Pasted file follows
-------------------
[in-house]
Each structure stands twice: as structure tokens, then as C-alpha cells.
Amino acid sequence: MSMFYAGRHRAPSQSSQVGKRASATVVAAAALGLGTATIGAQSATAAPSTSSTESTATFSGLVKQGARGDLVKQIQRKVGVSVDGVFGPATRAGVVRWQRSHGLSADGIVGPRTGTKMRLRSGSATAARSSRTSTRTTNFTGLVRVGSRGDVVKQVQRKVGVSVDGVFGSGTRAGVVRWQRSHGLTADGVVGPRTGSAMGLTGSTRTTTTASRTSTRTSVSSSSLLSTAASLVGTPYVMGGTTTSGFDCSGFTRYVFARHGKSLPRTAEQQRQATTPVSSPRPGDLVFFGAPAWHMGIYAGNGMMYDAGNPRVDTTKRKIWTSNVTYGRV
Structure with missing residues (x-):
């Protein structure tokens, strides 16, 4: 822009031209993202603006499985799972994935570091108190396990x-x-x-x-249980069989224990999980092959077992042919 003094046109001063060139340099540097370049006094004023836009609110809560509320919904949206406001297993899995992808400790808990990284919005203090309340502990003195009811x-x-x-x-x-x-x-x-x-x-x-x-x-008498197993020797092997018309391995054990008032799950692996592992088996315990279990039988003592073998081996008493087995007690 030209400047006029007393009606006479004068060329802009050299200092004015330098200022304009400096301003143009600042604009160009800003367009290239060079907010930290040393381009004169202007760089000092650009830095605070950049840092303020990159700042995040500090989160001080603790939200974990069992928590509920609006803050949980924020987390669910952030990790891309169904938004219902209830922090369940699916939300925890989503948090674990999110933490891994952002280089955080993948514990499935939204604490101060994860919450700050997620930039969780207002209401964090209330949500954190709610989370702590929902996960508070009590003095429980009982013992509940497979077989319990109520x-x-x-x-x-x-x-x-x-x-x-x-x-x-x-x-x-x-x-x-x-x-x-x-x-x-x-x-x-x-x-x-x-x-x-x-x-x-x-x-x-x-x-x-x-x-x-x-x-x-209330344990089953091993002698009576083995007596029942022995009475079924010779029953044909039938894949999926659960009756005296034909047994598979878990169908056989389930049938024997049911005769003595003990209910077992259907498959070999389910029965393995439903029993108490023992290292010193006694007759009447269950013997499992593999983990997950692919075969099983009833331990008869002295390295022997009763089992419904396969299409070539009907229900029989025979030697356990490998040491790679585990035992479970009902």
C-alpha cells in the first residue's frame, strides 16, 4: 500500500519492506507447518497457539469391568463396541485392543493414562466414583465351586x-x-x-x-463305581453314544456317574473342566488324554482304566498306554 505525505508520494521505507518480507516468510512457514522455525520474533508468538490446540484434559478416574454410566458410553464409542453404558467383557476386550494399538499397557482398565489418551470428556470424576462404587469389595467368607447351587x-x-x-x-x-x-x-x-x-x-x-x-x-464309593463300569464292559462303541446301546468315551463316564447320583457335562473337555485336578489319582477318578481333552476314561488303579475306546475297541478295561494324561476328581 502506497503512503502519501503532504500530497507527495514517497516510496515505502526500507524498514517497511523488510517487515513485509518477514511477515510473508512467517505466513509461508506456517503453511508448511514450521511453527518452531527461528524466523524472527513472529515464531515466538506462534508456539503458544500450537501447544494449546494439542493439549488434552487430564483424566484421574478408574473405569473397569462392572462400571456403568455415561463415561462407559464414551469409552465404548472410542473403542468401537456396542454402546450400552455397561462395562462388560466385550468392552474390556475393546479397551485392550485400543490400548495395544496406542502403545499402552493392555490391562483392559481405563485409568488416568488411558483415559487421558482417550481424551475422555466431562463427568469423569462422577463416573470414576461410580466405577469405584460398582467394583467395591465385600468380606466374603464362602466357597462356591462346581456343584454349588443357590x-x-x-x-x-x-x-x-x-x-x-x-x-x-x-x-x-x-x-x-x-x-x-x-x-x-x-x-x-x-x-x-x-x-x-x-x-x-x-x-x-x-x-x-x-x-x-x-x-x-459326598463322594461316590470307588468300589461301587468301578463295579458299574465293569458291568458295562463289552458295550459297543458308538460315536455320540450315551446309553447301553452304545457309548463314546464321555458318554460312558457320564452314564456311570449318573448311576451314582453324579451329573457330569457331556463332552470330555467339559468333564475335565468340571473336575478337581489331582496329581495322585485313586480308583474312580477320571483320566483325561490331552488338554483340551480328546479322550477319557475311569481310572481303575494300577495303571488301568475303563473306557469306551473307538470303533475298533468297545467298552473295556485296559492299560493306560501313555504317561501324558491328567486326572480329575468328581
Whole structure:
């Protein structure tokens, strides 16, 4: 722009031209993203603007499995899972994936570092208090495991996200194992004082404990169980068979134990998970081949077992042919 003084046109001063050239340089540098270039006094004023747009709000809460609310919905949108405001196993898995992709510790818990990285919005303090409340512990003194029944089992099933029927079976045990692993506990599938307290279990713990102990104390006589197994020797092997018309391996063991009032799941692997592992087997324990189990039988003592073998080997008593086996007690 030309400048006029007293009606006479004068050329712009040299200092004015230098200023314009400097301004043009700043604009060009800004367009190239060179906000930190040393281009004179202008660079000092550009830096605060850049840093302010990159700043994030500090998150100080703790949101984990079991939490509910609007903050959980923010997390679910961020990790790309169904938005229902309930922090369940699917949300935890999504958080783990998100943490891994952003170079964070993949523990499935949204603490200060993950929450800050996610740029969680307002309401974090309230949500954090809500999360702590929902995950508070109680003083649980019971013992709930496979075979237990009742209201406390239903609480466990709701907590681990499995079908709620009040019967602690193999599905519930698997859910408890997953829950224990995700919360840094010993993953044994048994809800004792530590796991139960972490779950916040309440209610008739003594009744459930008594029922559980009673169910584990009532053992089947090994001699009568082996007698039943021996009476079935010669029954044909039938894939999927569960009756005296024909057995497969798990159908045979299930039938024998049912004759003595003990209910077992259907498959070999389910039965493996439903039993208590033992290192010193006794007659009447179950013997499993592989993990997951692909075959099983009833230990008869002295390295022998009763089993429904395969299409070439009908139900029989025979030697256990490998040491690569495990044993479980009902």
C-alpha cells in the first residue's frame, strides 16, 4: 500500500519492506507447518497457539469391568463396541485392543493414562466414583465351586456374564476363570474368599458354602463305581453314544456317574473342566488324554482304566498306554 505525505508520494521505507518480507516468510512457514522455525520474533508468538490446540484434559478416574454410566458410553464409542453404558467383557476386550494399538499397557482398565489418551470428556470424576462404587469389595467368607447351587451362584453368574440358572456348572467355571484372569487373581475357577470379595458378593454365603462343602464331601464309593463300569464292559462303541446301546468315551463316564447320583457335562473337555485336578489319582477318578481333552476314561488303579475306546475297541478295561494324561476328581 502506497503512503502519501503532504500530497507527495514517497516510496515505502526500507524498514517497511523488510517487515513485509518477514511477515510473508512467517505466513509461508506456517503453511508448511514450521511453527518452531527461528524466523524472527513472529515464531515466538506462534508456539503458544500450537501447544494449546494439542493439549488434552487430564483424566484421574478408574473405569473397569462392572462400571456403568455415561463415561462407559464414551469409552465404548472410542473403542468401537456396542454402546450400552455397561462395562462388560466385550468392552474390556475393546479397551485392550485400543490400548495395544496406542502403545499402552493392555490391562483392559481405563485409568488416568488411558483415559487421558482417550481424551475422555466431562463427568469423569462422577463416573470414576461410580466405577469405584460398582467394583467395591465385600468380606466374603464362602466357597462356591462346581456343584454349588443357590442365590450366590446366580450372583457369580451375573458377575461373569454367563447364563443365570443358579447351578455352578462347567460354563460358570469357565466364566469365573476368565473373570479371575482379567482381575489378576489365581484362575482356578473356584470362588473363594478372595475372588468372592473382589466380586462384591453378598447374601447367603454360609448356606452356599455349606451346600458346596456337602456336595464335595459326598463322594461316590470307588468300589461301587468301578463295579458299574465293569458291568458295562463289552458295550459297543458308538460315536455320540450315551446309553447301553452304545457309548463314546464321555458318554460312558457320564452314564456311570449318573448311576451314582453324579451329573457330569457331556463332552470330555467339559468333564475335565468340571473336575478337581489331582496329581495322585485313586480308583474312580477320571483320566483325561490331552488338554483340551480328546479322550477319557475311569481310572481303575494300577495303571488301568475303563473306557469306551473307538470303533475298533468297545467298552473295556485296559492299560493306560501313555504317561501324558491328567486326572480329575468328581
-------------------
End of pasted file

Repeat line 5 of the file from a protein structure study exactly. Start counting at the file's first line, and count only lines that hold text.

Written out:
């Protein structure tokens, strides 16, 4: 822009031209993202603006499985799972994935570091108190396990x-x-x-x-249980069989224990999980092959077992042919 003094046109001063060139340099540097370049006094004023836009609110809560509320919904949206406001297993899995992808400790808990990284919005203090309340502990003195009811x-x-x-x-x-x-x-x-x-x-x-x-x-008498197993020797092997018309391995054990008032799950692996592992088996315990279990039988003592073998081996008493087995007690 030209400047006029007393009606006479004068060329802009050299200092004015330098200022304009400096301003143009600042604009160009800003367009290239060079907010930290040393381009004169202007760089000092650009830095605070950049840092303020990159700042995040500090989160001080603790939200974990069992928590509920609006803050949980924020987390669910952030990790891309169904938004219902209830922090369940699916939300925890989503948090674990999110933490891994952002280089955080993948514990499935939204604490101060994860919450700050997620930039969780207002209401964090209330949500954190709610989370702590929902996960508070009590003095429980009982013992509940497979077989319990109520x-x-x-x-x-x-x-x-x-x-x-x-x-x-x-x-x-x-x-x-x-x-x-x-x-x-x-x-x-x-x-x-x-x-x-x-x-x-x-x-x-x-x-x-x-x-x-x-x-x-209330344990089953091993002698009576083995007596029942022995009475079924010779029953044909039938894949999926659960009756005296034909047994598979878990169908056989389930049938024997049911005769003595003990209910077992259907498959070999389910029965393995439903029993108490023992290292010193006694007759009447269950013997499992593999983990997950692919075969099983009833331990008869002295390295022997009763089992419904396969299409070539009907229900029989025979030697356990490998040491790679585990035992479970009902």